Shopify product pages that convert
Shopify Growth Specialist
A product page has one job: To showcase 1 product, make it look amazing, provide information about it, and make it easy to buy. Buyers should see this page and say one of 2 things:
- Fuck YES!- Buy Button
- Not for me- Back Button
So the product page gets the right people to make a purchase.
I say "the right person" because not everyone should buy from you. You aren't for everyone, and some people would be better off buying elsewhere. That's fine. Those people should go. If you somehow convince them to buy, they will be a little bit of income and a lot of headaches.
When the wrong people buy from you: Returns, chargebacks, bad reviews, negative word of mouth. A little bit of money ends up costing more than it's worth. If you can convert 3-5% of site visitors and they are the "FUCK YES!" people who love you, you'll be rich.
First, appeal to emotion
The first thing you want to do is hit them with elements that appeal to the emotional buyer inside us all. The thing that makes us want. The stuff that shoves a product inside our brain and makes us willing to spend.
- Images that make the product look great
- Give the product a space and place in their lives within their mind
- A value proposition that makes them want to buy
Appeal to rationality
Next, you need to back up that emotional desire with rational reasons and benefits. This helps the buyer anchor their need/desire against the cost.
- Talk about benefits to the customer
- Give details about the product
- Answer possible objections
- Offer some sort of guarantee
Homepage do's and dont's
Do: Use super high-quality images
Look, I'm not a camera and photography nut. You can probably take good enough pictures to get started with your iPhone or high-end Android. If you've got a PRETTY GOOD digital camera, you can probably take amazing pictures.
- Get your lighting right
- Focus on one product as a time
- Use clean, uncomplicated backgrounds
Do: Use rich, benefit-focused descriptions
Product descriptions aren't a choice between 2 sentences or huge, blocky paragraphs. Break them up, make them relevant. Use real language. And FOR THE LOVE OF ALL THE GODS, use a font size that people can read. 12 is not an acceptable size for body copy. 16 is the starting point, and I prefer 18. I should not be a 30-something year old with 20/20 vision leaning and squinting to read your copy.
- Write what needs to be written.
- Answer real customer questions and bust objections.
- Focus on benefits to the customer instead of features of the product .
- Use keywords naturally to help SEO. Product pages can act as landing pages if you write them well.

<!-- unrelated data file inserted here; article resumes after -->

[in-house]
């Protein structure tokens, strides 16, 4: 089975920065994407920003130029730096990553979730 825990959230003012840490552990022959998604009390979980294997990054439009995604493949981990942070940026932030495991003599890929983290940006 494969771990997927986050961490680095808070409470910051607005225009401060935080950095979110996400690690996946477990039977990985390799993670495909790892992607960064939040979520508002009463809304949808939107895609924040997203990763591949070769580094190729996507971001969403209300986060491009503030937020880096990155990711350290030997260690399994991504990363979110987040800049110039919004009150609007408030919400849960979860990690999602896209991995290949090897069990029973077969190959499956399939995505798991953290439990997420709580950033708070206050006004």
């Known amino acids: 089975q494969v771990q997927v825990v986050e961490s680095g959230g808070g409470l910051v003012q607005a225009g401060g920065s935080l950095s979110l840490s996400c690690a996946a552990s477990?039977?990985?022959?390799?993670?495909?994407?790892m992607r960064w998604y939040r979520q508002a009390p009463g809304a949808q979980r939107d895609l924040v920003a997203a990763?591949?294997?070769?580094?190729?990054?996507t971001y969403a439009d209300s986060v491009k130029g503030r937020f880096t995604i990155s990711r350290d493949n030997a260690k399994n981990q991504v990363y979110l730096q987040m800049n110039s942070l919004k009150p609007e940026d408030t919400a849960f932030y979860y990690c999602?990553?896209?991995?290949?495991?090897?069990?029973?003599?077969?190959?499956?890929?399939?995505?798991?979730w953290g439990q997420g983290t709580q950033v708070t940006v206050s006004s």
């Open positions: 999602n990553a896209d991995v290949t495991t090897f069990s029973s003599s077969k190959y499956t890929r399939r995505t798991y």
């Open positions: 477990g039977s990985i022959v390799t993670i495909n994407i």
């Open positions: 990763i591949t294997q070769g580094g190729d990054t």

Do: Make the buy button obvious and attractive
Pushing the buy button should be easy and fun. You want them to want to. (Now that song is stuck in your head... If you know it.... So if you are over 30, probably.)
- Use a color that stands out from the background, but works with your design/branding color scheme.
- Make sure it is in a prominent position on the page, above the fold (top half of the page). Especially on mobile, buttons can be shoved down the page too far.
Do: Offer other options
Maybe the product on this page isn't perfect for the buyer, but something else could be. Maybe they just need other stuff with it. Give them the options to go directly to other product pages.
- Upsells- The upgraded version
- Downsells- The less expensive version
- Cross-sells- The batteries, widgets, carrying cases, stands, matching scarf... whatever it is that goes with the product the buyer is looking at right now
Don't: Hype & lie
Use Google's OLD internal motto: Don't be evil. Lying to customers is no good. Short term, maybe you make some more money. Long term, not so good. Be honest about your product. Focus on your customers and what the thing you are selling will do for them. And don't make shit up.
The headaches that come with people regretting their purchase will cost more than it's worth. Plus... it's evil. Being evil is not why you are in business. I mean, you're not Facebook...
Don't: Make it hard to use
Features that do cool things like subscriptions, product customization, popping out extra info are all really cool. When done well, they can be huge conversion boosters and generally cool features.
But they can be overdone. They can make it hard to buy, especially on mobile devices.
Make sure that every feature like this adds something to the experience instead of creating friction.
Don't: Crowd the page
This is one place where it's fine to make people scroll a bit. This is an important stop on a journey, so it's cool to get out, stretch your legs, and breathe.
You can add information that matters to buyers, like product specs, stats, materials, manufacturing processes. But you might hide this behind an accordion style drop-down, tabs, links to somewhere else on the site, or just put it further down the page.
The most important thing is to give everything space to breath and stand on it's own.